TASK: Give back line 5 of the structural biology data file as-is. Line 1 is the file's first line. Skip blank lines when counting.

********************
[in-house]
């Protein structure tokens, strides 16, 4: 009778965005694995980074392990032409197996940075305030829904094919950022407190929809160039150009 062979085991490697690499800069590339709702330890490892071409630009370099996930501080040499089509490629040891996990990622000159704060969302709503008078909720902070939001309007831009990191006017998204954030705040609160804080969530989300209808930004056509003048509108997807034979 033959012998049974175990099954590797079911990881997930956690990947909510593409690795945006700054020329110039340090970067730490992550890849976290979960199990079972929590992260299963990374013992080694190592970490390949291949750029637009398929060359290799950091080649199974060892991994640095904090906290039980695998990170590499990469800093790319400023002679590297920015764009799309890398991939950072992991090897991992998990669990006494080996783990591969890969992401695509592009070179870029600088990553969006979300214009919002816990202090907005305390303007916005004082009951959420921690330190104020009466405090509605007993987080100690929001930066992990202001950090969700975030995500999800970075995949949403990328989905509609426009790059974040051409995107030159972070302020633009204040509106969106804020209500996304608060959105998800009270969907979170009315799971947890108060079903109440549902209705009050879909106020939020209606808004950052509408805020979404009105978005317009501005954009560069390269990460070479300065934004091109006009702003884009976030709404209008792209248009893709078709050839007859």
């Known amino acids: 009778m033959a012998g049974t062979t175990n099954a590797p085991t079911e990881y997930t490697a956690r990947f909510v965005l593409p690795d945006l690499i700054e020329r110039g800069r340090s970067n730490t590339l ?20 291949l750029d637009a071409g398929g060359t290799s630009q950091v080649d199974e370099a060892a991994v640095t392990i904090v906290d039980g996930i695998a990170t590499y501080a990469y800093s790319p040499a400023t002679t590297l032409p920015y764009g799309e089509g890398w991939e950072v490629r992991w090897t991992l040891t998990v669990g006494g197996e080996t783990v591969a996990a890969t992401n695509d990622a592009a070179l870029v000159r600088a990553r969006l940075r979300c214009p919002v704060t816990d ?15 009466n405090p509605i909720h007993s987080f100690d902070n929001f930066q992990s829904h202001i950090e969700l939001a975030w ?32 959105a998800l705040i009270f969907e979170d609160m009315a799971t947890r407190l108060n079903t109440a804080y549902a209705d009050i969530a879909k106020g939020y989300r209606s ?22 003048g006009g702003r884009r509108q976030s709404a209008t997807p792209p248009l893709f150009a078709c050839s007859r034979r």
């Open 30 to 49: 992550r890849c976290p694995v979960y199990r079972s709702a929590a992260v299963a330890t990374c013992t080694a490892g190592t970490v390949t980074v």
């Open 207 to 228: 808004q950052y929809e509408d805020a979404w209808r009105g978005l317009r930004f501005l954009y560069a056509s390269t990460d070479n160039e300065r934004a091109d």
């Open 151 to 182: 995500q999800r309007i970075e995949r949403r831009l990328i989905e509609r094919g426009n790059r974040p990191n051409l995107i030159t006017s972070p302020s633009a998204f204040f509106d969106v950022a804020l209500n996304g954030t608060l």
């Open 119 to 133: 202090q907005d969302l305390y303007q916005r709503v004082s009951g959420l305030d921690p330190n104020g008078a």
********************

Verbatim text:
């Open 207 to 228: 808004q950052y929809e509408d805020a979404w209808r009105g978005l317009r930004f501005l954009y560069a056509s390269t990460d070479n160039e300065r934004a091109d």